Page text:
Super Stakes History Spotlight
1985 Super Stakes Triumvirate
On the heels of back-to-back years, when NCHA Futurity Open champions Smart Little Lena and Docs Okie Quixote claimed the NCHA Super Stakes, Derby and Triple Crown, there were high hopes in the 1985 Super Stakes for 1984 NCHA Futurity champion Doc Per. And the flashy little stallion did not disappoint. Nor did the eye-catching palomino mare Boons Sierra, who had tied Lynx Star Lady as co-reserve champion of the Futurity.
In a thrilling 22-horse finals that included seven NCHA Futurity finalists, Doc Per, shown by Ronnie Nettles; Boons Sierra, ridden by John Tolbert; and Sonitas Joy, under Willie Richardson, scored 218.5 points in an unprecedented 3-way tie.
Owned and bred by Roy Hull, Jewett, Tex., and trained and shown by Ronnie Nettles, Doc Per came through the Futurity go-rounds and semi-finals with solid, if unremarkable, scores. But the sorrel colt had an electrifying style and was a crowd favorite from the start.
“He was kind of a showman and one of those horses that gets pumped up by the crowd,” noted Nettles. “In the semi-finals, they started hollering before we even got to the herd. And when he started to get down on a cow before I even got him out of the herd, I was concerned. I knew that in the finals, I would really have to keep him contained, until I got a cow cut.”
Doc Per drew next-to-last in the finals and before he finished working his second cow, the crowd was on its feet. When his score of 218.5 points was posted, cheers drowned out the announcer’s voice.
“That was the first time they ever had a standing ovation in the Futurity,” said Nettles. “It was an exhilarating feeling, but you try not to let it affect what you’re doing with the horse.”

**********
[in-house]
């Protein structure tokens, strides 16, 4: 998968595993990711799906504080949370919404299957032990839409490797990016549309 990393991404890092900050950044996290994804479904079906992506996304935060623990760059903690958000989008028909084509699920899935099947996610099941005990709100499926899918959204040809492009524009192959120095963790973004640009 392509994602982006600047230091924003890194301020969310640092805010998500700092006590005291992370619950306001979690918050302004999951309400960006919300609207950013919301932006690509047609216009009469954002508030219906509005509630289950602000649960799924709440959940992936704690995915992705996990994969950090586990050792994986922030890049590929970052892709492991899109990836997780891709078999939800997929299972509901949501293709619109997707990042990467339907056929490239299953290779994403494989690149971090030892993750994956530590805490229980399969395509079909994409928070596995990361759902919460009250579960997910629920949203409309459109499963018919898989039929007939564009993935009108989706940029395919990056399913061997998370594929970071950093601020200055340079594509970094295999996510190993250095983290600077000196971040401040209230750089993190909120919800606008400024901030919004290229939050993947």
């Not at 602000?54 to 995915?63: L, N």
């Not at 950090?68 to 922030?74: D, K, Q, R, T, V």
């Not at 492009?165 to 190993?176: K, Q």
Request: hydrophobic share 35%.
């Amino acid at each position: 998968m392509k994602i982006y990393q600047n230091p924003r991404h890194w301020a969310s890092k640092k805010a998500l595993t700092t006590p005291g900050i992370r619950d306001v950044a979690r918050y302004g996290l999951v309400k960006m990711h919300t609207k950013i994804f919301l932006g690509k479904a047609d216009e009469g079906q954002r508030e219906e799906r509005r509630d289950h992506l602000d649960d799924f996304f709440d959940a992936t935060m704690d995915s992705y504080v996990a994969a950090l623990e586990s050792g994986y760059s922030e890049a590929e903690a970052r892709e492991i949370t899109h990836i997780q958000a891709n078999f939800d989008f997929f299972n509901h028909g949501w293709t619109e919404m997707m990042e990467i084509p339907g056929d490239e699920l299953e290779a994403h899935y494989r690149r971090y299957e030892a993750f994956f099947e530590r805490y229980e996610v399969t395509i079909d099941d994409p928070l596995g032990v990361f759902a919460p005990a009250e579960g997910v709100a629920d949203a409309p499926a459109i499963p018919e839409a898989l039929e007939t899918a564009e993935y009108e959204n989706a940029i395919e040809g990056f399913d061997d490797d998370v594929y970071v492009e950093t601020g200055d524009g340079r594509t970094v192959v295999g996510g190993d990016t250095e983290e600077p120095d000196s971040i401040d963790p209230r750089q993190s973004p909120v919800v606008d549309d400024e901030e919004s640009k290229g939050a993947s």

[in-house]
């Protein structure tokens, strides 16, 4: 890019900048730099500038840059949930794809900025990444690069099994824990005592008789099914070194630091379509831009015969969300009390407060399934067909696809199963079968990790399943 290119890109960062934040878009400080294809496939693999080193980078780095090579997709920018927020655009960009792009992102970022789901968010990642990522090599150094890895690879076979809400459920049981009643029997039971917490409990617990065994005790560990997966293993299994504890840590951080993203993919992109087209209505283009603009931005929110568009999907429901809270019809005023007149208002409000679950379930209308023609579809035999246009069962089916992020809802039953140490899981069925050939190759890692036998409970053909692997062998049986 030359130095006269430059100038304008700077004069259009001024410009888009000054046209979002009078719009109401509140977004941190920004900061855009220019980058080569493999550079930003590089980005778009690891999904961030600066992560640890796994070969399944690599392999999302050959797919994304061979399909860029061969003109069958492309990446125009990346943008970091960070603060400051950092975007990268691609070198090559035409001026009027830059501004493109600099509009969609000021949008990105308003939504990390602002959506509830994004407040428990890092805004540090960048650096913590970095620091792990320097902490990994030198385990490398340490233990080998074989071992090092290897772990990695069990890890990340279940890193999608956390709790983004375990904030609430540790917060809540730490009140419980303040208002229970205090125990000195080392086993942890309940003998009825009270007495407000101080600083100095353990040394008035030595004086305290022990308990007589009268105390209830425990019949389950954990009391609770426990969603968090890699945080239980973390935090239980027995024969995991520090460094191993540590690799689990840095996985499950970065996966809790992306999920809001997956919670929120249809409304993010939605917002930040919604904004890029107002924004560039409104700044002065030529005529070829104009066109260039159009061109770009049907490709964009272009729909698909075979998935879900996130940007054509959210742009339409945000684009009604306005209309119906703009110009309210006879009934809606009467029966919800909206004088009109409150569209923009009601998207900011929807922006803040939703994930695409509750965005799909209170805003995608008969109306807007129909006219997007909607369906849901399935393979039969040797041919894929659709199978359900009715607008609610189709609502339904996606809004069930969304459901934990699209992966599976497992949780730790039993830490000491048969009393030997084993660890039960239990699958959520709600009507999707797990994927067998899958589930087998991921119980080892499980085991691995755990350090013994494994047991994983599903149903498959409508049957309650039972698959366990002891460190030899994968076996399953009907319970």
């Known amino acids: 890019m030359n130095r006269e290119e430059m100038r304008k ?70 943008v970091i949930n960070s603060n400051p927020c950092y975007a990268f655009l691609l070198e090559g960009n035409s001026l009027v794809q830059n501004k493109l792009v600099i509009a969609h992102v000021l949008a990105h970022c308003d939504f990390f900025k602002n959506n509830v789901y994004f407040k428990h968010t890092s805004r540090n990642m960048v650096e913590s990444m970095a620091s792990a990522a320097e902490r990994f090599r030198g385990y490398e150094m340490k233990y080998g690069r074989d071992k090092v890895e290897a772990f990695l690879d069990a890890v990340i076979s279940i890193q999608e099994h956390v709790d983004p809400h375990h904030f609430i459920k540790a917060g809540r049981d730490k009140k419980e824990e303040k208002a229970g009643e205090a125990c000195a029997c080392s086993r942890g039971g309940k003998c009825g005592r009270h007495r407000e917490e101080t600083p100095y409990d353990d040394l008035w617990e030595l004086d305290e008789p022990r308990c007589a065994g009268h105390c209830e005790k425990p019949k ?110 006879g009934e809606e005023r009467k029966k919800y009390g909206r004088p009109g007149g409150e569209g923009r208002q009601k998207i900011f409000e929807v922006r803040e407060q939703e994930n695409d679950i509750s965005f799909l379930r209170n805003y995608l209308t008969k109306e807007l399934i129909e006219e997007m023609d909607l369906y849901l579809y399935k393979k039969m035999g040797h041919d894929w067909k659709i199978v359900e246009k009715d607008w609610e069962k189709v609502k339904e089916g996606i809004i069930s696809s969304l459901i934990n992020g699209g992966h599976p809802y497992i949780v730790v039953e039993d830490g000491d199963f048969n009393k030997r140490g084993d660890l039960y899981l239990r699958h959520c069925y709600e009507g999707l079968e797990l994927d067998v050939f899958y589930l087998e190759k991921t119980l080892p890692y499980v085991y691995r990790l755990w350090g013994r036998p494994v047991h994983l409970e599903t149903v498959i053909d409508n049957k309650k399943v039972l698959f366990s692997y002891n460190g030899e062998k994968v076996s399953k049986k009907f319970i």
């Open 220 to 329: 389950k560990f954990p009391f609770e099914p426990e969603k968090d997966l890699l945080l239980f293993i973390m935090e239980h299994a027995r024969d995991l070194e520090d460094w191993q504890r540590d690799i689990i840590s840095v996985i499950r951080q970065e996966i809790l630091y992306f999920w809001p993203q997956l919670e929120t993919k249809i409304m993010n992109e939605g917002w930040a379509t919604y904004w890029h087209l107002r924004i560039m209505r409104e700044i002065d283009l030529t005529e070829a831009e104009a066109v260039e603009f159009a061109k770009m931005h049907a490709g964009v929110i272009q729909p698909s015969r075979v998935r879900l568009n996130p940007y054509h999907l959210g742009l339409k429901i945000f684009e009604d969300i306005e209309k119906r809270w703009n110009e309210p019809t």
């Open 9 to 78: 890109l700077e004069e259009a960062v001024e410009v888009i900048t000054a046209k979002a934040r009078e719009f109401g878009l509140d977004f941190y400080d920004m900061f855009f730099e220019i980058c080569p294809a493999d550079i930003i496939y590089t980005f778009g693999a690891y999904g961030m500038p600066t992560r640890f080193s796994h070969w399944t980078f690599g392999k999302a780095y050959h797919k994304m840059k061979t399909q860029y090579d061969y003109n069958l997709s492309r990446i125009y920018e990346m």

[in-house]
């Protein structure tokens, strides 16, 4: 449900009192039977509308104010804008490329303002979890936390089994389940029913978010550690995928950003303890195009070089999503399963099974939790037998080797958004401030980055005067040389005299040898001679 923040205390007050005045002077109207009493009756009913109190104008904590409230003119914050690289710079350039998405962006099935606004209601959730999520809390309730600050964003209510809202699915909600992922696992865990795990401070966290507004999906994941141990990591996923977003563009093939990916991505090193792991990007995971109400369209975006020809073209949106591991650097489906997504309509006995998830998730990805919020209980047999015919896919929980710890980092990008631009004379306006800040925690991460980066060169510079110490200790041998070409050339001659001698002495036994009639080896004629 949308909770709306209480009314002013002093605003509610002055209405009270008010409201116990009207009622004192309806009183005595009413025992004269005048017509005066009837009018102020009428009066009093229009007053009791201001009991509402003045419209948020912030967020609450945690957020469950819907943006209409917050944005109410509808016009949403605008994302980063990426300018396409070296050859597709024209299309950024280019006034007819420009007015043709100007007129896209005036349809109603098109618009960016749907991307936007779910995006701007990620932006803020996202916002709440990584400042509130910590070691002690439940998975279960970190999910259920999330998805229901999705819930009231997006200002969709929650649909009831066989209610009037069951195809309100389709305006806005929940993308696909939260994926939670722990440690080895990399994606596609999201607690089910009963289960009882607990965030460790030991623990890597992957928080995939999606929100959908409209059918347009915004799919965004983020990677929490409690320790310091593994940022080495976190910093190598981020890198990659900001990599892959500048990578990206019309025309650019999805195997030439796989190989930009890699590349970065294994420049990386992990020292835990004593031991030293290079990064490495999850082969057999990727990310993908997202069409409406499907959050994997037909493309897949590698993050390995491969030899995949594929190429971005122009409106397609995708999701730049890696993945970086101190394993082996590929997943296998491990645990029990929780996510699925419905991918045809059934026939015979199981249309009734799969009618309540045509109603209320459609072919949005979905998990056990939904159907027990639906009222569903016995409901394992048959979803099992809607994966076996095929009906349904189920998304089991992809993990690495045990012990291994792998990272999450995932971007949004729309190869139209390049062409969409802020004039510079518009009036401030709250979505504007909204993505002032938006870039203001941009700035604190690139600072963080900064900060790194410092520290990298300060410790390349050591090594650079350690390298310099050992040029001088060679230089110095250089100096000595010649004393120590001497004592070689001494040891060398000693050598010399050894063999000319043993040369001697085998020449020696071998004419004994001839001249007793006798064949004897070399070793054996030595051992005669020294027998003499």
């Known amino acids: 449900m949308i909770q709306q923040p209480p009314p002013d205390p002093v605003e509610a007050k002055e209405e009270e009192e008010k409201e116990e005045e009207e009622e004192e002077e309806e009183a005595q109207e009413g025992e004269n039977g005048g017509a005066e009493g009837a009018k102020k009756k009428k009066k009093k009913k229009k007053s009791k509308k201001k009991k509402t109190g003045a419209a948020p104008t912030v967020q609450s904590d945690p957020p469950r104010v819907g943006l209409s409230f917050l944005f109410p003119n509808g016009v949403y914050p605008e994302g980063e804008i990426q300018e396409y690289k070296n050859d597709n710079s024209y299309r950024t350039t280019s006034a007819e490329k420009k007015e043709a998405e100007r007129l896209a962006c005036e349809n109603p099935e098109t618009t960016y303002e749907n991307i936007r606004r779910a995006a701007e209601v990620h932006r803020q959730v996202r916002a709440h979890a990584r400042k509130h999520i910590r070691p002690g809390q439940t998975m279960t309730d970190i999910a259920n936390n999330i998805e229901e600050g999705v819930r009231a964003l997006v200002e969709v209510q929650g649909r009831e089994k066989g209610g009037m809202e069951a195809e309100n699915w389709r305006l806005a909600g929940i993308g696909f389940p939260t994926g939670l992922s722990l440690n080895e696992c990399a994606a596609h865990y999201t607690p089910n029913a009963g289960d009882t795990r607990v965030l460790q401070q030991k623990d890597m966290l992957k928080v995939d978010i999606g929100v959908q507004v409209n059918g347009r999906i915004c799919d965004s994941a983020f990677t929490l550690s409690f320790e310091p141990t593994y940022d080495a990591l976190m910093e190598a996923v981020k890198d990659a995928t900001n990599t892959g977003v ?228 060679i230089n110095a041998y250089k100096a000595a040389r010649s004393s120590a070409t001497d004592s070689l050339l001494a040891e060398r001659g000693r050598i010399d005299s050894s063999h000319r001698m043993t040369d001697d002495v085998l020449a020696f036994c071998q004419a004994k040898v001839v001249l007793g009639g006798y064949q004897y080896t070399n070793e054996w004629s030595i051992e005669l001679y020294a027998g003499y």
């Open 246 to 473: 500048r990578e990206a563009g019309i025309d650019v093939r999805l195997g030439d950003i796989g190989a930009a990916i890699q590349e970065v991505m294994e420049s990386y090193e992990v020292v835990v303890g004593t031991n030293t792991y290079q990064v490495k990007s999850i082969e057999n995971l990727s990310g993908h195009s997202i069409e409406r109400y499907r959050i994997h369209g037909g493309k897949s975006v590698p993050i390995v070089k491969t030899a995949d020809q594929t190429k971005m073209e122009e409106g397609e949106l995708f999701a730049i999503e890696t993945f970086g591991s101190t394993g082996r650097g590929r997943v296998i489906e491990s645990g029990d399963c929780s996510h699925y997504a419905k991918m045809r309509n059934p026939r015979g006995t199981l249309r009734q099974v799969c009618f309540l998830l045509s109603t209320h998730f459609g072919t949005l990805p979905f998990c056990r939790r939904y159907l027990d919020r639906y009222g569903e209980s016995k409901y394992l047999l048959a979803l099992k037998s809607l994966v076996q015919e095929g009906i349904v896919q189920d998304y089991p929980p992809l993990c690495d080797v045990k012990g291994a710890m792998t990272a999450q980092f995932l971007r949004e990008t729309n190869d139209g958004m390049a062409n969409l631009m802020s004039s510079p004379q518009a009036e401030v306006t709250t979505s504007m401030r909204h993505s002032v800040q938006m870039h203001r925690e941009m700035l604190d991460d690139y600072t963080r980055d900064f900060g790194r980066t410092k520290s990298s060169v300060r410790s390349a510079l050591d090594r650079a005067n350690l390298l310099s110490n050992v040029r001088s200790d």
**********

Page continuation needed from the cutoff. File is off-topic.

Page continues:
Roy Hull also owned Doc Per’s sire, Personality Doc., who was trained by Nettles and shown to place fifth in the NCHA World standings. Nettie Buck, Doc Per’s dam, was a product of foundation ranch breeding, and produced one other money earner, Personaltys Babe, with $252, a full sister to Doc Per.
As talented and popular as he was as a show horse, Doc Per was not prolific in the breeding arena. In 18 crops (his last crop was in 2007), he sired 170 foals, including 16 NCHA money earners. His top earner was Doc Pers Dodger, with $90,545; followed by 1991 NCHA Derby champion Dixiland Docs Per, with $45,101; and then Red Per Lena, with $14,237. Personality Doc with 11 NCHA money winners fared no better than his famous son.
Sonita’s Joy, owned by Herman Bennett, Brownwood, Tex., came to the NCHA Super Stakes from a sixth-place finish in the NCHA Futurity. Richardson had trained the Sonita’s Last daughter from the beginning and said, “She is probably the best horse I ever rode. She tried real hard, and had a lot of class. It was important to her to hold a cow.”
Following the Super Stakes co-championship win, Bennett sold Sonitas Joy to John Gerhart, and Richardson continued to show her. The pair went on to among the top ten finalists of four more 1985 limited age events, including the NCHA Derby, the NCHA Breeders Cutting, and a win in the Texas Futurity. When Gerhart retired her, with $260,574 in earnings, in 1986, Richardson convinced him that Sonitas Joy should be bred to leading sire Doc O’Lena.
It was a fortuitous cross, as Sonitalena, who would become the 1996 NCHA World Champion under Richardson, was the result.
“It’s pretty tough to talk a banker into loaning you money to buy a cutting horse,” said Richardson, who had been offered the opportunity to purchase the stallion in 1990 “It was pretty scary, but I just knew this colt had to be a special horse. They did loan us the money, and after we bought him, Sonitalena owed me money for quite a while. But now I owe him.”
Sonitalena, who died in 2019 at 32, retired with career earnings of $188,876 and has sired 87 NCHA earners of $850,215.
Boons Sierra, by Boon Bar, was bred by Tom McGuane, McLeod, Mont. Her dam, Portia, was a buckskin ranch bred mare, whose sire, Sierra Buck, traced back to Pretty Buck, sire of 1953 NCHA Open World Champion Snipper W.
Larry Hall, owner of Royal Blue Boon, the Boon Bar daughter who split a 3-way tie for the 1984 Super Stakes reserve championship, had purchased Boons Sierra at two and put her in training with Tolbert. In addition to the NCHA Futurity co-reserve championship and Super Stakes co-championship, Tolbert who also showed the palomino mare to place third in the 1985 NCHA Breeders Cutting, while Hall placed fourth with her in the non-pro division of the 1986 Tropicana Cutting Spectacular.
Boons Sierra retired from the show arena with earnings of $315,512, and in 1999, Hall sold her to Atwood Quarter Horses. During her breeding career she produced four NCHA money earners of $82,620, including AR Boon River LTE $72,663, a 1996 gelding by Powder River Playboy.